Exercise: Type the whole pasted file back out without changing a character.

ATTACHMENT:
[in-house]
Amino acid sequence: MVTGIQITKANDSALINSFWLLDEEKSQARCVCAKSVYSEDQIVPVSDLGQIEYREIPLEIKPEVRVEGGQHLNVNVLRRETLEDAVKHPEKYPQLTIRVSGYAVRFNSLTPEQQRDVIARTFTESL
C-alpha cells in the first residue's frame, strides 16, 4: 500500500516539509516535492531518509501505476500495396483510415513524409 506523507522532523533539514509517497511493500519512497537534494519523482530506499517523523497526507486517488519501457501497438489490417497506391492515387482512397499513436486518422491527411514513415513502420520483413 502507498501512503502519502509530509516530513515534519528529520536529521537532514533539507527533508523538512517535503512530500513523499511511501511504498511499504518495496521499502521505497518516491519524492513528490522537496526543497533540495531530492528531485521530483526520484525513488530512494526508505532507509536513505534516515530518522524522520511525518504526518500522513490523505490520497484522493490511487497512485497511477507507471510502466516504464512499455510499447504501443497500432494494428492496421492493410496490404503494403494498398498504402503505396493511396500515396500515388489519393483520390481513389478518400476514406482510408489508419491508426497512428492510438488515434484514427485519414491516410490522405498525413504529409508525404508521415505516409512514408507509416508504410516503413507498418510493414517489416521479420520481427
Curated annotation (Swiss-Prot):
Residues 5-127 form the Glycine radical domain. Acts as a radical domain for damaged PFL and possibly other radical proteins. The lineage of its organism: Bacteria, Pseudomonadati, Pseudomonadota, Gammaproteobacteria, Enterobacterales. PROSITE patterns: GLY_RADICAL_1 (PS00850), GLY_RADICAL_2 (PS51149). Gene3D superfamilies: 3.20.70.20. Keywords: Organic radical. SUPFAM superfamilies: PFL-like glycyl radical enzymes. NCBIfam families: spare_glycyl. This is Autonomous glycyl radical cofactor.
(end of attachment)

[in-house]
Amino acid sequence: MVTGIQITKANDSALINSFWLLDEEKSQARCVCAKSVYSEDQIVPVSDLGQIEYREIPLEIKPEVRVEGGQHLNVNVLRRETLEDAVKHPEKYPQLTIRVSGYAVRFNSLTPEQQRDVIARTFTESL
C-alpha cells in the first residue's frame, strides 16, 4: 500500500516539509516535492531518509501505476500495396483510415513524409 506523507522532523533539514509517497511493500519512497537534494519523482530506499517523523497526507486517488519501457501497438489490417497506391492515387482512397499513436486518422491527411514513415513502420520483413 502507498501512503502519502509530509516530513515534519528529520536529521537532514533539507527533508523538512517535503512530500513523499511511501511504498511499504518495496521499502521505497518516491519524492513528490522537496526543497533540495531530492528531485521530483526520484525513488530512494526508505532507509536513505534516515530518522524522520511525518504526518500522513490523505490520497484522493490511487497512485497511477507507471510502466516504464512499455510499447504501443497500432494494428492496421492493410496490404503494403494498398498504402503505396493511396500515396500515388489519393483520390481513389478518400476514406482510408489508419491508426497512428492510438488515434484514427485519414491516410490522405498525413504529409508525404508521415505516409512514408507509416508504410516503413507498418510493414517489416521479420520481427
Curated annotation (Swiss-Prot):
Residues 5-127 form the Glycine radical domain. Acts as a radical domain for damaged PFL and possibly other radical proteins. The lineage of its organism: Bacteria, Pseudomonadati, Pseudomonadota, Gammaproteobacteria, Enterobacterales. PROSITE patterns: GLY_RADICAL_1 (PS00850), GLY_RADICAL_2 (PS51149). Gene3D superfamilies: 3.20.70.20. Keywords: Organic radical. SUPFAM superfamilies: PFL-like glycyl radical enzymes. NCBIfam families: spare_glycyl. This is Autonomous glycyl radical cofactor.